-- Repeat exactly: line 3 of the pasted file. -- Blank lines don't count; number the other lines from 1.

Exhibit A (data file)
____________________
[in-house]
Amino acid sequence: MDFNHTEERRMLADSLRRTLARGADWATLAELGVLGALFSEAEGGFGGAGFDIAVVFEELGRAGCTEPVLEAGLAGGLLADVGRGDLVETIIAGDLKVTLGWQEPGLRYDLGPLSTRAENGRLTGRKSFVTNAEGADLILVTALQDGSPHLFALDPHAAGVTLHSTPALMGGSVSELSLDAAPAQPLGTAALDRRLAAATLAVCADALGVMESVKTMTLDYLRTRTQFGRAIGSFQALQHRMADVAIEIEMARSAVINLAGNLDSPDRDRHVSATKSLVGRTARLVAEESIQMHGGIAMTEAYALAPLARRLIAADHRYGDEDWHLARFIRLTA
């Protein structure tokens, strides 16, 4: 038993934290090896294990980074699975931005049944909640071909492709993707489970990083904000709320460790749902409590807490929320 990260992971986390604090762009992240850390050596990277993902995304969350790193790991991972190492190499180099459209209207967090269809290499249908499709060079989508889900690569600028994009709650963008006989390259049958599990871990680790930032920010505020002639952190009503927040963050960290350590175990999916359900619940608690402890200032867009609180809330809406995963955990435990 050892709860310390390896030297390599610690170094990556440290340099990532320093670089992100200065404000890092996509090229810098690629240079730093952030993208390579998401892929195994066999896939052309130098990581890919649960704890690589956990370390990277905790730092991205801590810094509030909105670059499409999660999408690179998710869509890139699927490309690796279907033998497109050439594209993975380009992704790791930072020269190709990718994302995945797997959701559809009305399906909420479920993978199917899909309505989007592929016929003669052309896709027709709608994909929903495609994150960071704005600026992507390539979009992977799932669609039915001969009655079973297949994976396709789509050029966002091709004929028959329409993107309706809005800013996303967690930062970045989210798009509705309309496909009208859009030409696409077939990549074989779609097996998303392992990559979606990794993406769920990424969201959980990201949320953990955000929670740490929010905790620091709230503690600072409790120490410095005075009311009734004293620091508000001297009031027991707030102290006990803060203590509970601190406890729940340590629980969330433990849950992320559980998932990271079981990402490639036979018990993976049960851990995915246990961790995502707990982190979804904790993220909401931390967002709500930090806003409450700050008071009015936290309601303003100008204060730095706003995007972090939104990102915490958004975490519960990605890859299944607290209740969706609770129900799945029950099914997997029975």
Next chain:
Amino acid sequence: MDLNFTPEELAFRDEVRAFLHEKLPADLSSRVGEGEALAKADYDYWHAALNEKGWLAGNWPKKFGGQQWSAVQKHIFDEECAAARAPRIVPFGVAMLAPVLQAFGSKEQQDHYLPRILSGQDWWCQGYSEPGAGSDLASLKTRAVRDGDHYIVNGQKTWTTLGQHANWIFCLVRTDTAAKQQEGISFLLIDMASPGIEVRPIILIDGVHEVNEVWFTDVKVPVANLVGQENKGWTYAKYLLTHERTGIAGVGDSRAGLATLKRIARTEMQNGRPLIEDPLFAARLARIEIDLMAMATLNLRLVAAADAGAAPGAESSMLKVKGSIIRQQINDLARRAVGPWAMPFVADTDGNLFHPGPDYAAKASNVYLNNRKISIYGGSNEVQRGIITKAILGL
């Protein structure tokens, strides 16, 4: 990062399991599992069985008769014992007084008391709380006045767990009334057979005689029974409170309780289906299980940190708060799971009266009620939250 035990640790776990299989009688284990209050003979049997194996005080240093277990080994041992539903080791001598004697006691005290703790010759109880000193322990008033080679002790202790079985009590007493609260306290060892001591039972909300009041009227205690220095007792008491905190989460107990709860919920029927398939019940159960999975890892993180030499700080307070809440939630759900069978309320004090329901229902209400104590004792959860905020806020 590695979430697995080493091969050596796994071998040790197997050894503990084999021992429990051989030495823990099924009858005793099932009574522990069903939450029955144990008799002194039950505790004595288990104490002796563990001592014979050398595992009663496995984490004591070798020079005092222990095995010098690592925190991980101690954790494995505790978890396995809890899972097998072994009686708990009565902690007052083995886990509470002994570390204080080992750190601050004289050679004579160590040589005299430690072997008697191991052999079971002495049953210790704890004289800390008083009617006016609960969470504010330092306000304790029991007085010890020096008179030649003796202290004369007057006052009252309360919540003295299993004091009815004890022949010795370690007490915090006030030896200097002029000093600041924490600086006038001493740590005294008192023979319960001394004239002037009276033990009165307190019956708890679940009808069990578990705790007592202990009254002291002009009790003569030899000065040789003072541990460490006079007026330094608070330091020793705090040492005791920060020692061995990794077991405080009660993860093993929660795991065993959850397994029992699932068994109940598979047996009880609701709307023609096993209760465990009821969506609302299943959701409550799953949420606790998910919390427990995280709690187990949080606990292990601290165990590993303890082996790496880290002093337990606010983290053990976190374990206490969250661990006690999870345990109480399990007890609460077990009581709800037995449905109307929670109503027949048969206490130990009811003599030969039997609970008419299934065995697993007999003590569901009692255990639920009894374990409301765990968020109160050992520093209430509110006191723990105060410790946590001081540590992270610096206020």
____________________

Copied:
């Protein structure tokens, strides 16, 4: 038993934290090896294990980074699975931005049944909640071909492709993707489970990083904000709320460790749902409590807490929320 990260992971986390604090762009992240850390050596990277993902995304969350790193790991991972190492190499180099459209209207967090269809290499249908499709060079989508889900690569600028994009709650963008006989390259049958599990871990680790930032920010505020002639952190009503927040963050960290350590175990999916359900619940608690402890200032867009609180809330809406995963955990435990 050892709860310390390896030297390599610690170094990556440290340099990532320093670089992100200065404000890092996509090229810098690629240079730093952030993208390579998401892929195994066999896939052309130098990581890919649960704890690589956990370390990277905790730092991205801590810094509030909105670059499409999660999408690179998710869509890139699927490309690796279907033998497109050439594209993975380009992704790791930072020269190709990718994302995945797997959701559809009305399906909420479920993978199917899909309505989007592929016929003669052309896709027709709608994909929903495609994150960071704005600026992507390539979009992977799932669609039915001969009655079973297949994976396709789509050029966002091709004929028959329409993107309706809005800013996303967690930062970045989210798009509705309309496909009208859009030409696409077939990549074989779609097996998303392992990559979606990794993406769920990424969201959980990201949320953990955000929670740490929010905790620091709230503690600072409790120490410095005075009311009734004293620091508000001297009031027991707030102290006990803060203590509970601190406890729940340590629980969330433990849950992320559980998932990271079981990402490639036979018990993976049960851990995915246990961790995502707990982190979804904790993220909401931390967002709500930090806003409450700050008071009015936290309601303003100008204060730095706003995007972090939104990102915490958004975490519960990605890859299944607290209740969706609770129900799945029950099914997997029975």